Consumer's trust in media was grounded in a sense of trust. Trust is gained in the moment an context of consumption, not from some previously established place of credible creation.
#3333 Created 04/26/2013 Updated 04/27/2013
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There was once an element of trust between the media and the consumer, wasn't there? At least it exists in our myths.
The consumer's trust in the media was grounded, in some magic time, in a sense of "place of origin" of the content. Mickey Mouse came from Disney, movies came from Hollywood, and "the news" came from tireless Journalists working on behalf of truth, justice, and the American way. Those journalists, many of them, worked for news organizations that, coincidentally, happened to be owned by giant media companies.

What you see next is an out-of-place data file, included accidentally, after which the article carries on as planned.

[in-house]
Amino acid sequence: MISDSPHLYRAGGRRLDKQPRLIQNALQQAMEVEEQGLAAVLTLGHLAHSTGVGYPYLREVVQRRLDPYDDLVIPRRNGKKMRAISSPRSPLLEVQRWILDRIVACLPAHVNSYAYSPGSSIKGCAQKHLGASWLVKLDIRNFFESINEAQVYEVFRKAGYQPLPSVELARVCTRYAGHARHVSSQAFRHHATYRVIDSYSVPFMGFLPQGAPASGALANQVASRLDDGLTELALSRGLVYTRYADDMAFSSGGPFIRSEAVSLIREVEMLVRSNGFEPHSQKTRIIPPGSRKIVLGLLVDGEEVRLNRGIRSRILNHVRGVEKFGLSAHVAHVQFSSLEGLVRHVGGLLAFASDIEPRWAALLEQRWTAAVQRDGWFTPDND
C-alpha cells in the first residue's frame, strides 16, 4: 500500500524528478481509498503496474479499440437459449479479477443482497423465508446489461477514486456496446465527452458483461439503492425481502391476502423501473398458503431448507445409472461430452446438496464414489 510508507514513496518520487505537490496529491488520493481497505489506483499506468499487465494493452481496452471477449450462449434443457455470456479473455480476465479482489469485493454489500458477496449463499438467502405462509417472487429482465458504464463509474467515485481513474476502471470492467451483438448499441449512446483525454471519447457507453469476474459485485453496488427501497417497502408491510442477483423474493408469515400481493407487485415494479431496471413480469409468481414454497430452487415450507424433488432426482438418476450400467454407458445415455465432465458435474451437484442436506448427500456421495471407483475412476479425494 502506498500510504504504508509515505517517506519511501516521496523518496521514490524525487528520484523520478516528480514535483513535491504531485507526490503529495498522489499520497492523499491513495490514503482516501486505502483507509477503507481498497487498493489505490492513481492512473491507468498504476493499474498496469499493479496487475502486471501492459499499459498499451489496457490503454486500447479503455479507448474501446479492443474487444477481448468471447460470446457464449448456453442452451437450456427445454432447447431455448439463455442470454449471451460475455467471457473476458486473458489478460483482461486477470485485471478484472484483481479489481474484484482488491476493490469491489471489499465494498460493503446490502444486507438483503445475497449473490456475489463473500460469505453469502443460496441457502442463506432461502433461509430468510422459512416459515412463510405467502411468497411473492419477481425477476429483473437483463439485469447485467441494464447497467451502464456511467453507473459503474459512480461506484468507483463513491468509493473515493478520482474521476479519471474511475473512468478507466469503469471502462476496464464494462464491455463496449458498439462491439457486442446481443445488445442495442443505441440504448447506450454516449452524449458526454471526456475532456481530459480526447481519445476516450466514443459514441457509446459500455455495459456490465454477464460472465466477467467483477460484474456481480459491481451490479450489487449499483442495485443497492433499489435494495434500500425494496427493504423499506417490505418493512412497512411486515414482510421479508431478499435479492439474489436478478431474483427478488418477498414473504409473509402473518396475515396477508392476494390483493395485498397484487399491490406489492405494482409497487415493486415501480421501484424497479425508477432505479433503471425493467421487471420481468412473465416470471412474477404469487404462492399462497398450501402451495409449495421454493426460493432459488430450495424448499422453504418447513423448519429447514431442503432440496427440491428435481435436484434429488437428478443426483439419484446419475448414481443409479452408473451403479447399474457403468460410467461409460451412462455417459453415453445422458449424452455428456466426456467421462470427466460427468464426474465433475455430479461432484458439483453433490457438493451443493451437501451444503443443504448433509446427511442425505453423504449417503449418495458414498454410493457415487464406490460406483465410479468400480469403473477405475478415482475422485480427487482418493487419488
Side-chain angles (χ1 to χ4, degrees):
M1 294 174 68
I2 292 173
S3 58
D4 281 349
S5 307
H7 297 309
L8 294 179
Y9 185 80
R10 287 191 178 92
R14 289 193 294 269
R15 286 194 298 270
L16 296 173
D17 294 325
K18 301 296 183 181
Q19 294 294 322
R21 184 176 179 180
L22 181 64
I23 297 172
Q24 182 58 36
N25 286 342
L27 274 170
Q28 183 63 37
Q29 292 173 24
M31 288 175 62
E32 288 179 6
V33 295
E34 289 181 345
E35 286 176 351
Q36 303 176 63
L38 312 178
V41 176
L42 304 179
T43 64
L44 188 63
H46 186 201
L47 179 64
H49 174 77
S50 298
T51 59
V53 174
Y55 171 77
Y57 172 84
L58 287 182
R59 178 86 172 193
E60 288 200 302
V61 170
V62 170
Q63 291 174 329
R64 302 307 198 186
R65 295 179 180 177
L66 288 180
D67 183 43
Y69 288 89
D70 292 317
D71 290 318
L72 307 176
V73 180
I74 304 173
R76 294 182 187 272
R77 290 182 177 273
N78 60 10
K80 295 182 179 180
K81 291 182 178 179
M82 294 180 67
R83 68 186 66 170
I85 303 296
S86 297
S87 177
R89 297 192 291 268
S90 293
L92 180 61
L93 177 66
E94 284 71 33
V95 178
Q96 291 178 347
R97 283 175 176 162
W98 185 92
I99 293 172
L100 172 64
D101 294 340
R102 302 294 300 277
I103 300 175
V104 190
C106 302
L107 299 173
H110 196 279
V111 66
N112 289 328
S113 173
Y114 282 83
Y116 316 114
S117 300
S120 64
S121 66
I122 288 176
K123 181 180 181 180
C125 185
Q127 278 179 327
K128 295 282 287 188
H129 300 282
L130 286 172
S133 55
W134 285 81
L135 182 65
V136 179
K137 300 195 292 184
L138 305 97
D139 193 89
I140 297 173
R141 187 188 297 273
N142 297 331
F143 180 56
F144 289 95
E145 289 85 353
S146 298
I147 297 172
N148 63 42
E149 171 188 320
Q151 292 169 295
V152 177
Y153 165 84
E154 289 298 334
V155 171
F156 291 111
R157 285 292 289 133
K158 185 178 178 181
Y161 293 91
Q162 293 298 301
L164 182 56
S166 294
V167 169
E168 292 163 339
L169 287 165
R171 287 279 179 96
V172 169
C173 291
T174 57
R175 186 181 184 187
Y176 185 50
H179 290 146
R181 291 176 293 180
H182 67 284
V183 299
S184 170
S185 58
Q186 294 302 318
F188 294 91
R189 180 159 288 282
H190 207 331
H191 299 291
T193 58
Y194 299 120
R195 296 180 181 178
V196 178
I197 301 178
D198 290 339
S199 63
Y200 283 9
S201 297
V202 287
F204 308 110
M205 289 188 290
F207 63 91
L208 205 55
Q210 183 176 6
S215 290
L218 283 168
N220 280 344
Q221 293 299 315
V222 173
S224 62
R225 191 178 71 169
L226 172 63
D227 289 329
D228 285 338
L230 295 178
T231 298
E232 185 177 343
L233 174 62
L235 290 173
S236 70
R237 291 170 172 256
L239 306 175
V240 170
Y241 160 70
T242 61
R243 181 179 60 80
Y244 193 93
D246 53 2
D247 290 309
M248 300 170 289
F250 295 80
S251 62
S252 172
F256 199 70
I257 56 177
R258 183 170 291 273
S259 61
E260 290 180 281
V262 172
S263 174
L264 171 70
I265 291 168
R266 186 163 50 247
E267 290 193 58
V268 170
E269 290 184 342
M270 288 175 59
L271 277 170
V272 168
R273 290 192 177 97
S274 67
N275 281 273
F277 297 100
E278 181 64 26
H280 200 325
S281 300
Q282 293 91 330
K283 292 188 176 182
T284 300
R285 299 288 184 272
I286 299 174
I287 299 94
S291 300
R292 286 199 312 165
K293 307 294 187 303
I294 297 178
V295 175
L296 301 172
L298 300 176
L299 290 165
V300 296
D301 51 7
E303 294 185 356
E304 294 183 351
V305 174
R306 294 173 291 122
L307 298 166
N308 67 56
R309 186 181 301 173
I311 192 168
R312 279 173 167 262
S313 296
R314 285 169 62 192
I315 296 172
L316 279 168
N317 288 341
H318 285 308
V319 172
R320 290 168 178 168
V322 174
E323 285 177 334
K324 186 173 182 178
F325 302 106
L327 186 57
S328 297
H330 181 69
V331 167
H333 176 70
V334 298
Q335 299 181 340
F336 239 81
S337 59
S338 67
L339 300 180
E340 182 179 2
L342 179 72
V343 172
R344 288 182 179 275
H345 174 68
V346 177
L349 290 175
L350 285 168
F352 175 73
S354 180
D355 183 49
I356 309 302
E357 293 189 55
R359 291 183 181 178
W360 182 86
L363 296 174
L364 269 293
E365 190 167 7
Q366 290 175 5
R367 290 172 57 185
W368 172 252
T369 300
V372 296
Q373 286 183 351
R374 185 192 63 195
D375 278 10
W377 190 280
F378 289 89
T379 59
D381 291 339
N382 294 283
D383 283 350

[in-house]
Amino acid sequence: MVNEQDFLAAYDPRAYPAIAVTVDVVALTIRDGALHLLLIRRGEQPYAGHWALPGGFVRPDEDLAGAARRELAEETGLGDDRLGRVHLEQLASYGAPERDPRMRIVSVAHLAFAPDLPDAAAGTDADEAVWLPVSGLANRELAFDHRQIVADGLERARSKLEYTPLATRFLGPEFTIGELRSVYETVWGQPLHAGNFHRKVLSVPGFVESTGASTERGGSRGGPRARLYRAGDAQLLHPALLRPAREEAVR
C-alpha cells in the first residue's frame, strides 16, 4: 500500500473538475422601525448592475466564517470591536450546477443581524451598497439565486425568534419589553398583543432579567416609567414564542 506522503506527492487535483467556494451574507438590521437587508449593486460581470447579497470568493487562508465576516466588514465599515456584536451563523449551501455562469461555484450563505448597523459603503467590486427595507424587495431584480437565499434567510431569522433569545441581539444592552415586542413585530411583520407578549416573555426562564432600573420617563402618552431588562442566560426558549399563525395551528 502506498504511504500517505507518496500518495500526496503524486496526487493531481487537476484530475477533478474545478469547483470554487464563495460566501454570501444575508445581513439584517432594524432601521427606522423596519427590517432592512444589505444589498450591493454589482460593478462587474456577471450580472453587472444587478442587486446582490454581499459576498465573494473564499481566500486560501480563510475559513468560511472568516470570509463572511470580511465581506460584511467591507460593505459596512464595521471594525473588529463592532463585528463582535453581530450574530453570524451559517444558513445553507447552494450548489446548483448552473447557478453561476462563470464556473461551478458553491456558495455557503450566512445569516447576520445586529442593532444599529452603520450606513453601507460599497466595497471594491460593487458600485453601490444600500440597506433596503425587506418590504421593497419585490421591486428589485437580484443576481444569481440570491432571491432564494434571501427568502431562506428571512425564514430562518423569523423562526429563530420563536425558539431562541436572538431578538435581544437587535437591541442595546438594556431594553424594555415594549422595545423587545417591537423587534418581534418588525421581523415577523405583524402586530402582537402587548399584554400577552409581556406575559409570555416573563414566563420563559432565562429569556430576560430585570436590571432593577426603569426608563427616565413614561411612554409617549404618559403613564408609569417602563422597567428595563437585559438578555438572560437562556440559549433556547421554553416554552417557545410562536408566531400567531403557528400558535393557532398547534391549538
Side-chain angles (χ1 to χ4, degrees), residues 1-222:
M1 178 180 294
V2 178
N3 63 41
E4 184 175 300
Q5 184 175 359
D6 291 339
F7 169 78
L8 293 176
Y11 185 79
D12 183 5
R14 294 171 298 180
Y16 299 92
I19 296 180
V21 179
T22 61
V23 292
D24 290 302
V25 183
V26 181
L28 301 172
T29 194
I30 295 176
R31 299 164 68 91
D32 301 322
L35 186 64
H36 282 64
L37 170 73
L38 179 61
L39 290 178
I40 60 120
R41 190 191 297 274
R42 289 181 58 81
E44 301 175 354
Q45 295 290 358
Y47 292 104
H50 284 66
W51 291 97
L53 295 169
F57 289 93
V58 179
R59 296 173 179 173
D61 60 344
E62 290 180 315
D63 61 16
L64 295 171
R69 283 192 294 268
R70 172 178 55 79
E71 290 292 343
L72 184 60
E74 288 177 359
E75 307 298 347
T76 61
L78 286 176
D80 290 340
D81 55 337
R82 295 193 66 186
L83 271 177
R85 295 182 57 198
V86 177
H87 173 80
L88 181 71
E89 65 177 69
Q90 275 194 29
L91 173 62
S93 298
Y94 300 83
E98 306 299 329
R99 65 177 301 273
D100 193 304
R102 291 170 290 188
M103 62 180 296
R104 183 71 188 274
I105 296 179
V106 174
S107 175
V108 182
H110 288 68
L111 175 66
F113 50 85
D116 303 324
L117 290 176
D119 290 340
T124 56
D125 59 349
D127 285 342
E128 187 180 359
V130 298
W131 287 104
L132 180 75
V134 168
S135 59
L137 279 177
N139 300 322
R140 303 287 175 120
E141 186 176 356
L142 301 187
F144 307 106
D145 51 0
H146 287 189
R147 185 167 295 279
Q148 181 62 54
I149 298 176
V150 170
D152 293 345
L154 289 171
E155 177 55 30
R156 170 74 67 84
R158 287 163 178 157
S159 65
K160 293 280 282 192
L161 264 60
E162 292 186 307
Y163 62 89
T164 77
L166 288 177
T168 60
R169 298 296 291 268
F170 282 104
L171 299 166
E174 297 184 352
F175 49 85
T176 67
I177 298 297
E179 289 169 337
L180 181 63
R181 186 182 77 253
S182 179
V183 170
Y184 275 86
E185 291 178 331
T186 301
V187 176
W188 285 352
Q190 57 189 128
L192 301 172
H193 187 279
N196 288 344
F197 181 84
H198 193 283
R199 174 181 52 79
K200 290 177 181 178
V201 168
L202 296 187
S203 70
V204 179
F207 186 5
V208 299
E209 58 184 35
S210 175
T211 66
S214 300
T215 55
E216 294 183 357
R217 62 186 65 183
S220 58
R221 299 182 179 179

Today's media-consumer relationship has been inverted. Media content now originates from millions of points, all of them are carried through the pipes of giant media companies, and the consumer's sense of media has shifted from "place of origin" to "place in time."
As such, media items gain consumer respect and attention in the moment and context of consumption, not from some previously-established place of credible creation. The proliferation of aggregation rewriting has diluted the sense of origin of content, and given it a disembodied nature that floats above pedigree.
This is a reflection of the transition of media from the paradigm in which were presented completed pieces (news stories, editions, publications, programs), to the paradigm of a continuous stream, whose only important moment is "now". while the method of distribution is blameless in this shift in emphasis, the method of production is deeply implicated.